Sometimes you’re taking steps towards a more satisfying career without really knowing. At least, that’s what happened to me, and momentum built up from there.
Nearly a year and a half ago I started blogging for Queercents because I had just completed a class on finance, and I wanted to apply what to I learned. Although I was working as a paralegal in financial institution litigation, my job had nothing to do with money on the personal level. I thought, Heck, I’ll do this blogging stuff for fun.
Much to my surprise, I found that it came rather easy to me, although of course there were nights my fist would pound the desk and I’d curse the very idea of writing. But once I finished a post, I forgot all about the momentary misery and loved blogging as a creative outlet again.
Then a strange series of events happened after the first few months of blogging. I started reading a lot of books about freelance writing. I lined up my Google Reader with niche sites about the topic too, as well with Internet commerce and entrepreneurship sites. I basically immersed myself in those subjects. I wasn’t entirely aware of it at the time, but I was crawling towards some kind of tipping point.
The real tipping point came when I lost my job, and I had to decide whether to stay in a line of work I didn’t like or become what’s now a cliché: guy gets fired and finds his career bliss.
Call me campy, because I wanted to be that cliché.
Luckily I had plenty of time on my hands to read through career guides and learn what I talked about last week — that in order to achieve career bliss, I’d have to take extensive inventory of myself, get advice, make plans, execute them, and keep refining plans.
I wish I could say the process is fun and games, but it’s hard work that requires solid dedication.
When you’re making a career transition, sometimes you have to start off at an entry-level position. Or in my case, you have to go school and then try to find an internship or something entry-level.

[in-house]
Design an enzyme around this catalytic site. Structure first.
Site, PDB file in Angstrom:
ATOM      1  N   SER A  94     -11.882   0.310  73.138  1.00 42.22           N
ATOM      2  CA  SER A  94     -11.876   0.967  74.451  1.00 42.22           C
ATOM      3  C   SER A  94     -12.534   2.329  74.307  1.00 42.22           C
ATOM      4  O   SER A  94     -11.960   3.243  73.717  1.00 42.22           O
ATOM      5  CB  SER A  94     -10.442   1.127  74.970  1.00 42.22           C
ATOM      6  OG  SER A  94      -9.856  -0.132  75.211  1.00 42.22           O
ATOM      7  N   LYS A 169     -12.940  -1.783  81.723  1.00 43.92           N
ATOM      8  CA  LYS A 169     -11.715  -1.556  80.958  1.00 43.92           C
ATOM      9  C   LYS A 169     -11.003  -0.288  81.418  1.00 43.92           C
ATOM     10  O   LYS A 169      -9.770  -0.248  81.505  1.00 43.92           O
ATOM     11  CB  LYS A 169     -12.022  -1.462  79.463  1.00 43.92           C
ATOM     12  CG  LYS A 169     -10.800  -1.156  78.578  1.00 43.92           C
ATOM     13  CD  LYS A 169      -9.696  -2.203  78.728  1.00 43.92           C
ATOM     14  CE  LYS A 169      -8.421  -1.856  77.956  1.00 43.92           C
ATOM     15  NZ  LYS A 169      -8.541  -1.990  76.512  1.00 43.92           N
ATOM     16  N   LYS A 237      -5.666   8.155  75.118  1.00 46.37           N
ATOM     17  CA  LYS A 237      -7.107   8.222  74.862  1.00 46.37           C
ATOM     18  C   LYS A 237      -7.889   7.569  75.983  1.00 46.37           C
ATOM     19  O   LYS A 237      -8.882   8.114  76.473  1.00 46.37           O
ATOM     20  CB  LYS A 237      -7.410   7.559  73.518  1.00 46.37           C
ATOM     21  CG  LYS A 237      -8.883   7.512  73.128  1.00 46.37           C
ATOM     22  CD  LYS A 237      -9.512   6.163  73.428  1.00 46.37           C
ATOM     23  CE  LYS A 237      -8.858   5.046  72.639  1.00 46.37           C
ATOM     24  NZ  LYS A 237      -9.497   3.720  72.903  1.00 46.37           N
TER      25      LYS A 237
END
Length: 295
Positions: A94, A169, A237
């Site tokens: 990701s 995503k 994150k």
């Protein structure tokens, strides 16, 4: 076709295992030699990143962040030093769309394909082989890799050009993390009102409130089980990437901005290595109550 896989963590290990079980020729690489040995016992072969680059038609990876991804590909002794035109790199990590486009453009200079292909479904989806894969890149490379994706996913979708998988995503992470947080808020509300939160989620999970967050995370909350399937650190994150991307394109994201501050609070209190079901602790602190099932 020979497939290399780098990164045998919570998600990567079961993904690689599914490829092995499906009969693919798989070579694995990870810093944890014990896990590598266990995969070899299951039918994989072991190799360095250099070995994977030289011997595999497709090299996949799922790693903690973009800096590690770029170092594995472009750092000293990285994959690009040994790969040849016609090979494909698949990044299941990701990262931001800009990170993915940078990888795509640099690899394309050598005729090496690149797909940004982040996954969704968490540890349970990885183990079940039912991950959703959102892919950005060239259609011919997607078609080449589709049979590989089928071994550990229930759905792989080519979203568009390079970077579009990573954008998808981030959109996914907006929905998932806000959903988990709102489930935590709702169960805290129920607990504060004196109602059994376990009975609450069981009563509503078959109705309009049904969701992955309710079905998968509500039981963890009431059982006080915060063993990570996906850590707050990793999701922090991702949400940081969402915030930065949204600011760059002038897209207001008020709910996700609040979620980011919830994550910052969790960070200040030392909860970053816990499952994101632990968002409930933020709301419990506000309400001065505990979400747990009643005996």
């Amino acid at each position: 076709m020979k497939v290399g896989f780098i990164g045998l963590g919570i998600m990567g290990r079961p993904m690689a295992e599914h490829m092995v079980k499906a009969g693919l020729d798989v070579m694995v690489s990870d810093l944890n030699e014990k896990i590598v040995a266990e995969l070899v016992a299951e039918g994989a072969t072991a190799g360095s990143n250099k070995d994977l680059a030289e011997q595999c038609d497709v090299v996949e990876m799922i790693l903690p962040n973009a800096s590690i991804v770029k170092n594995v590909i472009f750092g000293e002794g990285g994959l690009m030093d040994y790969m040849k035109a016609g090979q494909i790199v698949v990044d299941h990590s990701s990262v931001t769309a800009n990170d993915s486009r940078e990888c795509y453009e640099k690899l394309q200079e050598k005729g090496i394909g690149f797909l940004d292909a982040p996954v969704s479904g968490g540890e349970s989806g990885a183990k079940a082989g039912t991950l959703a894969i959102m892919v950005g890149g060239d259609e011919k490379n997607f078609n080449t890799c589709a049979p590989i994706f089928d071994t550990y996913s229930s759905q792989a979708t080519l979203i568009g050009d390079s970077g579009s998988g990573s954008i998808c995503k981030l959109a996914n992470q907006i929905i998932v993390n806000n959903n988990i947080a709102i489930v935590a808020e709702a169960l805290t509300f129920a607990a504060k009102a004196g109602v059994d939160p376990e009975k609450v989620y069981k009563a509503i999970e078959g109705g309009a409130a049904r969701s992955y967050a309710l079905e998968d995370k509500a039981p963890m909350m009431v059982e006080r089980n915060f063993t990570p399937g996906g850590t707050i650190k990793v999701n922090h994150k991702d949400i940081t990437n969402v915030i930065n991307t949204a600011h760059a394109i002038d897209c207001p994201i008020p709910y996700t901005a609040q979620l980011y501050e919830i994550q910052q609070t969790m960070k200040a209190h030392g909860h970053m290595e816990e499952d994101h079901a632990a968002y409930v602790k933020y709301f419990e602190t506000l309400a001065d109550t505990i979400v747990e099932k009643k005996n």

I’ve always loved learning, so I didn’t mind that all the legwork I put into refining my career goals indicated that a year of school for multimedia training would help me find rewarding work.
Having stamina and enduring the process of learning is perhaps the trickiest part. I find myself getting tripped up by some old habits. I’ll let ambition get the best of me sometimes, and I try to tackle tough projects. I sometimes get frustrated because I’m in a new field, and my output doesn’t quite come out the way I had hoped. But that’s the process of learning and improving.
That axiom about how you can’t teach an old dog new tricks is wrong: some old dogs are stubborn and don’t want to learn.
The most important lesson I’ve learned about making a career transition into something I truly care about is learning to pace myself. I’m quite passionate about having found a field where I get to create things. When a project moves along according to plan, I’m elated. When I hit a roadblock (like I did this past week), I’m furious.
Trying new things, experimenting, pushing yourself to reach higher levels in a field that’s new can make you aware that you have very delicate feelings about the decision you’ve made to make a career transition.
To me, that’s the essence of the early phase of a career transition. You’re like a newborn for a while. You’re blind at first, you start learning the basics, then you start specializing, and eventually, you gain confidence. You just have to keep growing, even if there’s struggle.
There’s an amazing line Tony Kushner wrote in his musical “Caroline or Change” that I’m going to close with because I’m gay and I believe all life lessons are in theater and “The Golden Girls.”
The character Dotty sings to Caroline:
“But folk can’t just surrender to their fears / I know it hurt to change / It actually hurts learning something new / and when you’re full grown, it’s harder, that’s true — / it feel like you have got to break yourself apart / it feel like you got to break your own heart / but folk do it. They do / Every day, all the time”
Couldn’t have said it better myself.
Next week: Why I’m glad I took the steps to find my career bliss.